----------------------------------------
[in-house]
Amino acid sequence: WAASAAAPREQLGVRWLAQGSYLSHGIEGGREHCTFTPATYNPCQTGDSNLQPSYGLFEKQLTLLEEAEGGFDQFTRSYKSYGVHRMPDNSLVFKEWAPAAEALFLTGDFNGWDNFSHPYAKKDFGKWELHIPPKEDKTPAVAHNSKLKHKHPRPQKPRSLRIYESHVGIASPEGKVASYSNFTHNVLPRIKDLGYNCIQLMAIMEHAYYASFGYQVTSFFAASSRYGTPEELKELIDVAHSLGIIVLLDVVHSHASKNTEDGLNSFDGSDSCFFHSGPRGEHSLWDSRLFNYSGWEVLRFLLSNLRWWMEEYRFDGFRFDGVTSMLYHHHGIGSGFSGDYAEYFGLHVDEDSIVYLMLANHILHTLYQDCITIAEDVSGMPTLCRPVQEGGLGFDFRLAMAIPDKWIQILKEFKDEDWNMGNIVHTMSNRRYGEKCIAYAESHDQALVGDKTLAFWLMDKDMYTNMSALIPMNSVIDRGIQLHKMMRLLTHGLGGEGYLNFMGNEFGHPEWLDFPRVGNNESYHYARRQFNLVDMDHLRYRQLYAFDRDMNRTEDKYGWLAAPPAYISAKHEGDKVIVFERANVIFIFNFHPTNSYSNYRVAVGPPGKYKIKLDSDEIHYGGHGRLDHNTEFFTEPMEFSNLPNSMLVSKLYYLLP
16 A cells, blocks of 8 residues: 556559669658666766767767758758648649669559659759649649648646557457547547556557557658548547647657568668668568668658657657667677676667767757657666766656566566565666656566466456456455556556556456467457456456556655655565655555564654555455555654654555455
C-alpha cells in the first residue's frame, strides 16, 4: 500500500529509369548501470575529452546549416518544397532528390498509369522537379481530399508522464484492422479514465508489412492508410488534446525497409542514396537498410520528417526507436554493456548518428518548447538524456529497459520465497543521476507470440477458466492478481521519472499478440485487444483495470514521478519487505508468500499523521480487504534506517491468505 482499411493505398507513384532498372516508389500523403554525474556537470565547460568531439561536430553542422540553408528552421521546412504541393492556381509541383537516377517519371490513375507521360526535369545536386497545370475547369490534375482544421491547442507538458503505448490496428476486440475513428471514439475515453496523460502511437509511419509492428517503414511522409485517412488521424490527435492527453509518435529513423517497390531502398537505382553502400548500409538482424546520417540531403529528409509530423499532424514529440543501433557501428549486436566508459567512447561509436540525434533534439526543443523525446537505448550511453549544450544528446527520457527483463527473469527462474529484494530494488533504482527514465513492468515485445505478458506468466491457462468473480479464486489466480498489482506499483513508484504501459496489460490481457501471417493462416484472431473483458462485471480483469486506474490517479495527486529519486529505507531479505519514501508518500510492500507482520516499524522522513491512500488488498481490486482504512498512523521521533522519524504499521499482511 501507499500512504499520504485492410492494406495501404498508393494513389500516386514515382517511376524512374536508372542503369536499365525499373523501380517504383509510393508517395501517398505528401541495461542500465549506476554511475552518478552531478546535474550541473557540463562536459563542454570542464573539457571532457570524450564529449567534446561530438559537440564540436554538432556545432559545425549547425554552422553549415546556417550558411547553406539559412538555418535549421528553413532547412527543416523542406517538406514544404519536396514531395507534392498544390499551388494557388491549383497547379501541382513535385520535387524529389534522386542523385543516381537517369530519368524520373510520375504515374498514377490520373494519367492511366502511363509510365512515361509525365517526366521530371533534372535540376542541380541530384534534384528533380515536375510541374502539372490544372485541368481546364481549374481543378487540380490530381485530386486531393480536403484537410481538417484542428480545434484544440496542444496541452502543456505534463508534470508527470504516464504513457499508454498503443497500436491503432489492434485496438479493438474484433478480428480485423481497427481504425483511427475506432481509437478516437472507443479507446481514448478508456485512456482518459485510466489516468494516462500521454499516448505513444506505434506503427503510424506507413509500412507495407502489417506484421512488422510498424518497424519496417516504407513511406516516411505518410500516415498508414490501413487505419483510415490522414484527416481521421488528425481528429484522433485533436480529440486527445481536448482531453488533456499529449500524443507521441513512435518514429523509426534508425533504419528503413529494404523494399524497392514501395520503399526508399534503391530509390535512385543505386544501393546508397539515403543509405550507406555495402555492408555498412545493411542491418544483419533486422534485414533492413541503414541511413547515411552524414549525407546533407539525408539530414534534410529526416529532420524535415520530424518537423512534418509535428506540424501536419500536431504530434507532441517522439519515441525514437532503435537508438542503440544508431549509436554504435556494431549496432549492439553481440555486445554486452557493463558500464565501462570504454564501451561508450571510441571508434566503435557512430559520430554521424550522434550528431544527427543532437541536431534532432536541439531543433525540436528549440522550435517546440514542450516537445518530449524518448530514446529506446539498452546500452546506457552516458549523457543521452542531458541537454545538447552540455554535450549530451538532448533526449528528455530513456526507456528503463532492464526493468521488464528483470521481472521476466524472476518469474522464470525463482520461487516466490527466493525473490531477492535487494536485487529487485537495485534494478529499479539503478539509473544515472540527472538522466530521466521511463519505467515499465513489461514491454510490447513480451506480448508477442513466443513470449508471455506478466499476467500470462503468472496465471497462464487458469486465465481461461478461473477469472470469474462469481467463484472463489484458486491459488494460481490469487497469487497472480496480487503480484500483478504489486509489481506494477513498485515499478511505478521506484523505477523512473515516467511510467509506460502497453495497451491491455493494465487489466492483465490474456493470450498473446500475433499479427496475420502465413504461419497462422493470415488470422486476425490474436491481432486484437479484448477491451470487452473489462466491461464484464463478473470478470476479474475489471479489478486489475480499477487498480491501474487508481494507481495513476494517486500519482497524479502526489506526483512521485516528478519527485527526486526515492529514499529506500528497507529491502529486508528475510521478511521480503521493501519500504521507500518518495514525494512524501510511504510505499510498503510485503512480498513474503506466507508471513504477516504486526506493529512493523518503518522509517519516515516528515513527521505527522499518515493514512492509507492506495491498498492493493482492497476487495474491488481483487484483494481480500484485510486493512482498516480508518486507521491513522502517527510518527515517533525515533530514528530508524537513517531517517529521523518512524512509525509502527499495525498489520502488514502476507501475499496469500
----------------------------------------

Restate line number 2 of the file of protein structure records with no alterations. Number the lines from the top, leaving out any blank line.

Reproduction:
Amino acid sequence: WAASAAAPREQLGVRWLAQGSYLSHGIEGGREHCTFTPATYNPCQTGDSNLQPSYGLFEKQLTLLEEAEGGFDQFTRSYKSYGVHRMPDNSLVFKEWAPAAEALFLTGDFNGWDNFSHPYAKKDFGKWELHIPPKEDKTPAVAHNSKLKHKHPRPQKPRSLRIYESHVGIASPEGKVASYSNFTHNVLPRIKDLGYNCIQLMAIMEHAYYASFGYQVTSFFAASSRYGTPEELKELIDVAHSLGIIVLLDVVHSHASKNTEDGLNSFDGSDSCFFHSGPRGEHSLWDSRLFNYSGWEVLRFLLSNLRWWMEEYRFDGFRFDGVTSMLYHHHGIGSGFSGDYAEYFGLHVDEDSIVYLMLANHILHTLYQDCITIAEDVSGMPTLCRPVQEGGLGFDFRLAMAIPDKWIQILKEFKDEDWNMGNIVHTMSNRRYGEKCIAYAESHDQALVGDKTLAFWLMDKDMYTNMSALIPMNSVIDRGIQLHKMMRLLTHGLGGEGYLNFMGNEFGHPEWLDFPRVGNNESYHYARRQFNLVDMDHLRYRQLYAFDRDMNRTEDKYGWLAAPPAYISAKHEGDKVIVFERANVIFIFNFHPTNSYSNYRVAVGPPGKYKIKLDSDEIHYGGHGRLDHNTEFFTEPMEFSNLPNSMLVSKLYYLLP